MONTREAL, July 12, 2019 /CNW Telbec/ - Yesterday, Justice Gary D.D. Morrison of the Superior Court of Quebec delivered his judgment in which he refuses to grant ENvironnement JEUnesse the authorization to institute a class action on behalf of all young Quebeckers 35 years old and under against the Government of Canada.
"Instead of protecting our future, the Government of Canada is fighting against youth and violating our fundamental rights," says Catherine Gauthier, Executive Director of ENvironnement JEUnesse, represented pro bono by Trudel Johnston & Lespérance. "We will continue to fight for actions that live up to the climate crisis."
According to Judge Morrison, "[i]n having regard to the nature of the class action that [ENvironnement JEUnesse] seeks to exercise and the nature of the alleged infringements of the fundamental rights of the putative members, the choice of the age of 35 by [ENvironnement JEUnesse] as the maximum age of members, leaves the Tribunal perplexed. [...] But why choose 35 years? Why not 20, 30 or 40? Why not 60? "
To this question, "it goes without saying that a 60-year-old could not qualify as a young person," says Bruce Johnston, a lawyer and partner at TJL. "Apart from this surprising element, the important issues have been decided in our favor: the judge recognizes that the impact of climate change on human rights is a justiciable issue and that the actions of the government in this area are subject to the Canadian and Quebec Charters of rights and freedoms. On the other hand, with respect for Justice Morrison, it seems clear that youth is more affected by climate change."
ENvironnement JEUnesse will appeal the judgment.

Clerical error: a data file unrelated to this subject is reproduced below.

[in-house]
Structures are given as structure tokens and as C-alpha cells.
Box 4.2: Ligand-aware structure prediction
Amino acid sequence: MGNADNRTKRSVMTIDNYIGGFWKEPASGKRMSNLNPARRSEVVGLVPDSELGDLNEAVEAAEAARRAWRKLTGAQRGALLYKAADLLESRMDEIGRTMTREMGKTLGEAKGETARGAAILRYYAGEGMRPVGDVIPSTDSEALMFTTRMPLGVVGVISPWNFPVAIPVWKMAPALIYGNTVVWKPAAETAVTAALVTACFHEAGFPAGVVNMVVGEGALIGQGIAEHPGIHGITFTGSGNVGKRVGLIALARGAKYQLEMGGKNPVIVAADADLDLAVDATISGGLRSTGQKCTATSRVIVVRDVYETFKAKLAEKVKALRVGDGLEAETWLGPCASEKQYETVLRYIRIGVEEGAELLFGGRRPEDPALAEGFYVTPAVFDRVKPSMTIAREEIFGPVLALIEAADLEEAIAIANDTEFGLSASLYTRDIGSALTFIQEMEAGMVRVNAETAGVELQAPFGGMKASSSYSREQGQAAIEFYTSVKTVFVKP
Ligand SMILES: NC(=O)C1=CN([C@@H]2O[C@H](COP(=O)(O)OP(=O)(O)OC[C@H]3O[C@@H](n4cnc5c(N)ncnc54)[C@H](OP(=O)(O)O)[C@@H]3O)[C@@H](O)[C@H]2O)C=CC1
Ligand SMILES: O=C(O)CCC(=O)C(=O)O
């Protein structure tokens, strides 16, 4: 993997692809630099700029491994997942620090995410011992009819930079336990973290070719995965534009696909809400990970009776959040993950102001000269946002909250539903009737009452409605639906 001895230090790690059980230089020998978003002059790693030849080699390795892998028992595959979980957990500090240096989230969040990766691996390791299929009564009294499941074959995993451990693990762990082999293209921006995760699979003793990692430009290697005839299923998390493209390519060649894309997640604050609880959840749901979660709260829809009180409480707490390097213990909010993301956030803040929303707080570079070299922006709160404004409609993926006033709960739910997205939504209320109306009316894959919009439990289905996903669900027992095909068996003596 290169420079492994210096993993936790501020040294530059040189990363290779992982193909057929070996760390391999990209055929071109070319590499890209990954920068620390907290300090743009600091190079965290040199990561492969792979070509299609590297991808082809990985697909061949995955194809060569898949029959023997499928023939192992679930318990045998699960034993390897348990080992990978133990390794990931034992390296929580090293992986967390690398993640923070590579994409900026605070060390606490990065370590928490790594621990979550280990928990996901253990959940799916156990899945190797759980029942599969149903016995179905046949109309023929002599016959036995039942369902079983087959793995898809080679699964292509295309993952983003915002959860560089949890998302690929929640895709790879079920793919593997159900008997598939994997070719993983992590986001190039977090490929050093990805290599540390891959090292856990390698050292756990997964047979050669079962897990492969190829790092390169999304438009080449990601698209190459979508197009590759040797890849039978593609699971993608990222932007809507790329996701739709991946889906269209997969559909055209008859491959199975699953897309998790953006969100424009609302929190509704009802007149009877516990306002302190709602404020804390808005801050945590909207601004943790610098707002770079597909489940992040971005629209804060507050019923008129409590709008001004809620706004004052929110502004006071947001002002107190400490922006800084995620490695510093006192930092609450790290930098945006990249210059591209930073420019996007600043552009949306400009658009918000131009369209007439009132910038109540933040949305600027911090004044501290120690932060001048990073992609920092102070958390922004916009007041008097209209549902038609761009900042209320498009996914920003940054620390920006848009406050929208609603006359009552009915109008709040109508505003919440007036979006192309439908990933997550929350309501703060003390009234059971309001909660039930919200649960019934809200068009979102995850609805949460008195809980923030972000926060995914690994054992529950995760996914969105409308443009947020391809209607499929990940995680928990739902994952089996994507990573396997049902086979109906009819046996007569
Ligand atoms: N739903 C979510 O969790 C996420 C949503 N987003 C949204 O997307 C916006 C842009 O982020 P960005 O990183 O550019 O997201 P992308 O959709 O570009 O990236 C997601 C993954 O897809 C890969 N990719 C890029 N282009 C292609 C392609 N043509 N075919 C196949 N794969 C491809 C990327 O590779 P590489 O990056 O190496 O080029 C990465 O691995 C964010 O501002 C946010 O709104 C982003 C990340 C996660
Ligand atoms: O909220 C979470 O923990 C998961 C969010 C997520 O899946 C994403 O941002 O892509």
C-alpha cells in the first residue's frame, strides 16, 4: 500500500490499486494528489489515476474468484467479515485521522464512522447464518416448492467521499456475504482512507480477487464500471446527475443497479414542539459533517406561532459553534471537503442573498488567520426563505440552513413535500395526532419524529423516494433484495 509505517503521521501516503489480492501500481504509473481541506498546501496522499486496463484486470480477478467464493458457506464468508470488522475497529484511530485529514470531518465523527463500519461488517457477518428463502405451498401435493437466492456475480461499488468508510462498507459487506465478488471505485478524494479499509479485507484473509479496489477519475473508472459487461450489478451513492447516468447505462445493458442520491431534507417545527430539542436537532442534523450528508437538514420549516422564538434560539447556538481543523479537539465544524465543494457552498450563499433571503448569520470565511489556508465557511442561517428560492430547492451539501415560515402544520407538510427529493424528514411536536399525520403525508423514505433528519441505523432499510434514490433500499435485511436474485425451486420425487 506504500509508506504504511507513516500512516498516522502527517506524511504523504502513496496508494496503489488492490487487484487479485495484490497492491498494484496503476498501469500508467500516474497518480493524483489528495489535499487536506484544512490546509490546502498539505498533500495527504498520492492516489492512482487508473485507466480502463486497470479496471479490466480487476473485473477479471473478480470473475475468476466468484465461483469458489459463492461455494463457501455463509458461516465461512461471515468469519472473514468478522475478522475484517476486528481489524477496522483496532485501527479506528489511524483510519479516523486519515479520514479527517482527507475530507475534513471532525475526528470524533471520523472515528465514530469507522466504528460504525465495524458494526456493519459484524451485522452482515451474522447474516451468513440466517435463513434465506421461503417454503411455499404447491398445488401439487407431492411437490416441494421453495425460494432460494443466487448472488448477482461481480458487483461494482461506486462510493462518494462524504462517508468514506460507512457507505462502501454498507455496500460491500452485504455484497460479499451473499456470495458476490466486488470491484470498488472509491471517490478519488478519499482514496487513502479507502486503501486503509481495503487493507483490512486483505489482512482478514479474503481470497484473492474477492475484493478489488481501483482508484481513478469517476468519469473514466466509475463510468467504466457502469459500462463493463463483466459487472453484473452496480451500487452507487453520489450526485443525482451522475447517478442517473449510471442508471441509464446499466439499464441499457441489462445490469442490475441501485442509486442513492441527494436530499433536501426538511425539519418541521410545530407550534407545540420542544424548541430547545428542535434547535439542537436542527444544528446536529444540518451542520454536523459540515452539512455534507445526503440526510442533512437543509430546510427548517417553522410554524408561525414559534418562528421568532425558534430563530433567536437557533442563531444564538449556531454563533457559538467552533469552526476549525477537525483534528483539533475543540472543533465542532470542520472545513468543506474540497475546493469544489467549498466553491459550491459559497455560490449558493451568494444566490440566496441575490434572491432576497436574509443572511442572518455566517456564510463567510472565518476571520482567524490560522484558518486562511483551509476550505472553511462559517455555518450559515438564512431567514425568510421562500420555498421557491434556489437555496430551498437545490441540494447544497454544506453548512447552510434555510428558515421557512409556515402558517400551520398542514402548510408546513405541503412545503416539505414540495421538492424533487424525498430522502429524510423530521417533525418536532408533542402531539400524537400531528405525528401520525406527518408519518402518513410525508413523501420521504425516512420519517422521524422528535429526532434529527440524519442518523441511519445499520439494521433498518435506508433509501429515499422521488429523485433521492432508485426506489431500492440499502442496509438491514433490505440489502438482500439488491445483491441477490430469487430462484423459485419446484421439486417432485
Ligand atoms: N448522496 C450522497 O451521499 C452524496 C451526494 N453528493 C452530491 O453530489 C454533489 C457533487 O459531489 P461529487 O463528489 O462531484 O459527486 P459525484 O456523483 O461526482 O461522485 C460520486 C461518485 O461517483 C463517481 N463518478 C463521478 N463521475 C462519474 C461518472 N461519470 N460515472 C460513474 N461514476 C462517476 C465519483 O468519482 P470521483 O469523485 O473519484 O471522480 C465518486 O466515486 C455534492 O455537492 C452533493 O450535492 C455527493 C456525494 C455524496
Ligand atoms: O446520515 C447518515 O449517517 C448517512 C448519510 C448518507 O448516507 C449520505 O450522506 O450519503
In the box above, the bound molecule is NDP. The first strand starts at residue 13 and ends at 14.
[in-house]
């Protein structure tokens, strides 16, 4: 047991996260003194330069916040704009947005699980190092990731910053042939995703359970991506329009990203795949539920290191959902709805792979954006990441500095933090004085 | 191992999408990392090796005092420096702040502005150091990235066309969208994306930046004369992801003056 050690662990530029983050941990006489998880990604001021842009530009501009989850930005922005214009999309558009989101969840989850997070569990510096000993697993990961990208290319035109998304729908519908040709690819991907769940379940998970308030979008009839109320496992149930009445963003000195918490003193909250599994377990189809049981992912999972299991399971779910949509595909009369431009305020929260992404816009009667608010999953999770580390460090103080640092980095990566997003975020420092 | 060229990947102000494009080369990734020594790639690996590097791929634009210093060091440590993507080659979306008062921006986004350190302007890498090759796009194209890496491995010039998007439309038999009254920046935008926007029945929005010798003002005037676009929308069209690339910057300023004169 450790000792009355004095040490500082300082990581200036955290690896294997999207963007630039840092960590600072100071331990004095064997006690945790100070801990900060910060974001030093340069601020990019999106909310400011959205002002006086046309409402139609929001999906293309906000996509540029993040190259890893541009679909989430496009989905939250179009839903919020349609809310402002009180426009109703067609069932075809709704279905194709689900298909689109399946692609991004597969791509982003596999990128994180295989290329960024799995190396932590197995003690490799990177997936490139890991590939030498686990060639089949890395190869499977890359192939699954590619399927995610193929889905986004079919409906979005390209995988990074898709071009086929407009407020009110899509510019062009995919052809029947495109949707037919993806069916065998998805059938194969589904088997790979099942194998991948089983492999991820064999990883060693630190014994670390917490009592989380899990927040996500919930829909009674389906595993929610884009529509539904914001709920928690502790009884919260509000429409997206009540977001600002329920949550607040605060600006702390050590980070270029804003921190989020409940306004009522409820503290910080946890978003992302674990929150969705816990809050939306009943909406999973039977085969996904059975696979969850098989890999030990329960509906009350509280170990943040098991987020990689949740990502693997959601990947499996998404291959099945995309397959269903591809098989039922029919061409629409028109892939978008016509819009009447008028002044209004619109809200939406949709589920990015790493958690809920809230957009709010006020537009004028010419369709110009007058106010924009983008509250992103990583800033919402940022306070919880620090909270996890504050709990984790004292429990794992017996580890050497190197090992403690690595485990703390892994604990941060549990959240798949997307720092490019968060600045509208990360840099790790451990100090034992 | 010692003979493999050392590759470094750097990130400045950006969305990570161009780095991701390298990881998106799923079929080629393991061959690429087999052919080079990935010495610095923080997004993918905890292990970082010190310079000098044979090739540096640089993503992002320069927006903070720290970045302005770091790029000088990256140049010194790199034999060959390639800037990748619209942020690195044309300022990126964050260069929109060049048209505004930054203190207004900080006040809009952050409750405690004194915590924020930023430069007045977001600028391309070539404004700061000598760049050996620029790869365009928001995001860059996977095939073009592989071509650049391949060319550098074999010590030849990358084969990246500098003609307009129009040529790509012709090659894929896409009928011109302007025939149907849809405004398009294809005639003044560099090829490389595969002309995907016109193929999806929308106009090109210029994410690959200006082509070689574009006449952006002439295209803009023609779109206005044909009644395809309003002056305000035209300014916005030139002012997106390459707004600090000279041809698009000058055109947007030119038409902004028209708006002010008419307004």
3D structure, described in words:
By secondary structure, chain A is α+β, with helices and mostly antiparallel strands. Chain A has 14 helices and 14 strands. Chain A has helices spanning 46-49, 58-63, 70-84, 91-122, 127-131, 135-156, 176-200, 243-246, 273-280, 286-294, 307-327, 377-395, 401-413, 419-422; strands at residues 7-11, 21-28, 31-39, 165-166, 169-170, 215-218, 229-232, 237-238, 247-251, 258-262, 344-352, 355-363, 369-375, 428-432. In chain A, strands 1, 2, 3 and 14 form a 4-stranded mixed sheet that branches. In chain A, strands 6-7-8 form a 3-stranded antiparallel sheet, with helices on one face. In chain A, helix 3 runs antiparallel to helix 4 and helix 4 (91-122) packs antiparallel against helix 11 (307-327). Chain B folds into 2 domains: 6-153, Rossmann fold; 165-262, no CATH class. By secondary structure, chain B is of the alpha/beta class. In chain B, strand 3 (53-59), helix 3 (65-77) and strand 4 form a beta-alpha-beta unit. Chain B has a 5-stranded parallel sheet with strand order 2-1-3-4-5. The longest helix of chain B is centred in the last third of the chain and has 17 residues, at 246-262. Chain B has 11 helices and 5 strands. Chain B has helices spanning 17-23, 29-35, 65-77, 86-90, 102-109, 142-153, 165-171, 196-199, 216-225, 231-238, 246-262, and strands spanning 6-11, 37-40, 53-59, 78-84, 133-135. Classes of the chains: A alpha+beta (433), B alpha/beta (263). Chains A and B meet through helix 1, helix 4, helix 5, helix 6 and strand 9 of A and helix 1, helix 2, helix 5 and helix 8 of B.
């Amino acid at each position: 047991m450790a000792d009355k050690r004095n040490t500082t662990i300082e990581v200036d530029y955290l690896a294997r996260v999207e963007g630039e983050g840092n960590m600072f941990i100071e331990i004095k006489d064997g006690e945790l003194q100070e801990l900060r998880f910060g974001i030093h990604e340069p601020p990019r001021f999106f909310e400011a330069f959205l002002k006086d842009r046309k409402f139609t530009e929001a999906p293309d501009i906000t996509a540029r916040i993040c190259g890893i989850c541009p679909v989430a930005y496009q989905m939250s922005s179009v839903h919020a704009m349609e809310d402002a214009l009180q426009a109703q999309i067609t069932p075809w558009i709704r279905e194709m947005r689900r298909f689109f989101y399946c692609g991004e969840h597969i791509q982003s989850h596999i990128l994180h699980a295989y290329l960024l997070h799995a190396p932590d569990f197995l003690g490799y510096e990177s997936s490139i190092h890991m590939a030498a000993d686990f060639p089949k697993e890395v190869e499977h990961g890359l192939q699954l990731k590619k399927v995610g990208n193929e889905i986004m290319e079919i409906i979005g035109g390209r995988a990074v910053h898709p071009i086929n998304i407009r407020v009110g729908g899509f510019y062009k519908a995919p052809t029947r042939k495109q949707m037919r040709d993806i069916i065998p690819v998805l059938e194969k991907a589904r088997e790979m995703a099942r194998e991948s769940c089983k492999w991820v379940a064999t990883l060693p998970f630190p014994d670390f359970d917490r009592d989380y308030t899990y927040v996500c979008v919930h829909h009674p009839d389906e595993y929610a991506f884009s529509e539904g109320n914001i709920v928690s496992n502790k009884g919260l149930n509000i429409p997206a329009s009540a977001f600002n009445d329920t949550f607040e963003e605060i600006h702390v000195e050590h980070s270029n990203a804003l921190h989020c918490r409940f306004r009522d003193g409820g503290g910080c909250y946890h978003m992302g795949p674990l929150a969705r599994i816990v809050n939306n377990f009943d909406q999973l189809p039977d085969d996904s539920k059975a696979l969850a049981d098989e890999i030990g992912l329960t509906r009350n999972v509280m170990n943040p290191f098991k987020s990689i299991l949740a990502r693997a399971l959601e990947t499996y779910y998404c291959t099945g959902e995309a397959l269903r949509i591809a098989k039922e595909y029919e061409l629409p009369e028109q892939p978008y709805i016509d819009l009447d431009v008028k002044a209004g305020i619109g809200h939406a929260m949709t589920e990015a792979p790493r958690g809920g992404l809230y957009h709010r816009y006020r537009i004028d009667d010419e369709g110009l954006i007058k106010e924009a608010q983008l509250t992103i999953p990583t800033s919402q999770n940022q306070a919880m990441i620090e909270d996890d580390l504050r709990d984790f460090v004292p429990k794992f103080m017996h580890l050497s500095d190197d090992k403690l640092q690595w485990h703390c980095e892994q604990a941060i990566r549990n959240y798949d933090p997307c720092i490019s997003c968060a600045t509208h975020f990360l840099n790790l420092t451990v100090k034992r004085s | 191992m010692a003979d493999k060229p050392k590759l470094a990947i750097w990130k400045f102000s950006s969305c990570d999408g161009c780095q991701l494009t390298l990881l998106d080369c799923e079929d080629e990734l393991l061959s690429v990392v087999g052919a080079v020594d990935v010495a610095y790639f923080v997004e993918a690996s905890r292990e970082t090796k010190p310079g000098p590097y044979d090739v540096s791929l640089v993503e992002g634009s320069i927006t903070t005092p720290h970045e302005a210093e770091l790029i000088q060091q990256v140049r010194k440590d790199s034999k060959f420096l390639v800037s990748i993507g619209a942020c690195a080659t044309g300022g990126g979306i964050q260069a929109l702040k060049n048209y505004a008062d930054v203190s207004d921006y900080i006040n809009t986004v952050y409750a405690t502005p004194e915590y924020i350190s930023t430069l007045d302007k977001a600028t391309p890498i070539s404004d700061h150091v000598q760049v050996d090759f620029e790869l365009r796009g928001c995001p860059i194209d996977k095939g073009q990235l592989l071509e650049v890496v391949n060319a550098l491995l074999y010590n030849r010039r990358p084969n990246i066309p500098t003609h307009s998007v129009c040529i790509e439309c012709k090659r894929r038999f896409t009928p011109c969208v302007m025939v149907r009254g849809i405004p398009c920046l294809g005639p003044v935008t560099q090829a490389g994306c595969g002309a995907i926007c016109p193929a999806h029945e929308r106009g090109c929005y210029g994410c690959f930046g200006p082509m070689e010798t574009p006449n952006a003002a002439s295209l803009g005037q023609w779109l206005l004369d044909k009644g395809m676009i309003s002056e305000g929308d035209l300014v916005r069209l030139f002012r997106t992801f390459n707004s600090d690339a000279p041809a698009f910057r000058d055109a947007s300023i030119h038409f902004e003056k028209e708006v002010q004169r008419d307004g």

A question of intergenerational justice
In his decision, Judge Morrison interpreted of the definition of class members extremely narrowly. In his opinion, they should be at least 18 years old. Internationally, there is an opposite trend evidencing concern that children must have access to justice in the climate field.
According to the Office of the United Nations High Commissioner for Human Rights, "due to their particular metabolism, physiology and development needs, children are disproportionately affected by changes in their environment. Young children [...] are more adversely affected by climate change."
ENvironnement JEUnesse encourages all young people aged 35 and under, and parents on behalf of their children, to show their support by visiting https://enjeu.qc.ca/justice-eng/.
The press kit is available at https://enjeu.qc.ca/justice/justice-media/
About ENvironnement JEUnesse
Founded in 1979, ENvironnement JEUnesse (ENJEU) is an organization dedicated to educating youth on environmental issues, to provide training through educational projects and to encourage them to take action in their community. https://enjeu.qc.ca/
Trudel Johnston & Lespérance (TJL) is a law firm that has specialized in class actions and public interest litigation for the last twenty years. TJL has won more class action trials than any other law firm in Canada. TJL's lawyers won the mega-trial against the tobacco industry and obtained an injunction to protect the belugas of the St. Lawrence against Energy East. His lawyers represent communities that are victims of industrial pollution in Malartic and Quebec City and defend Les Courageuses against Gilbert Rozon. TJL pursue a number of public interest cases in which they volunteer, such as this one for ENvironnement JEUnesse. http://tjl.quebec/en/
SOURCE ENvironnement JEUnesse
For further information: Catherine Gauthier, [email protected], 514-377-3114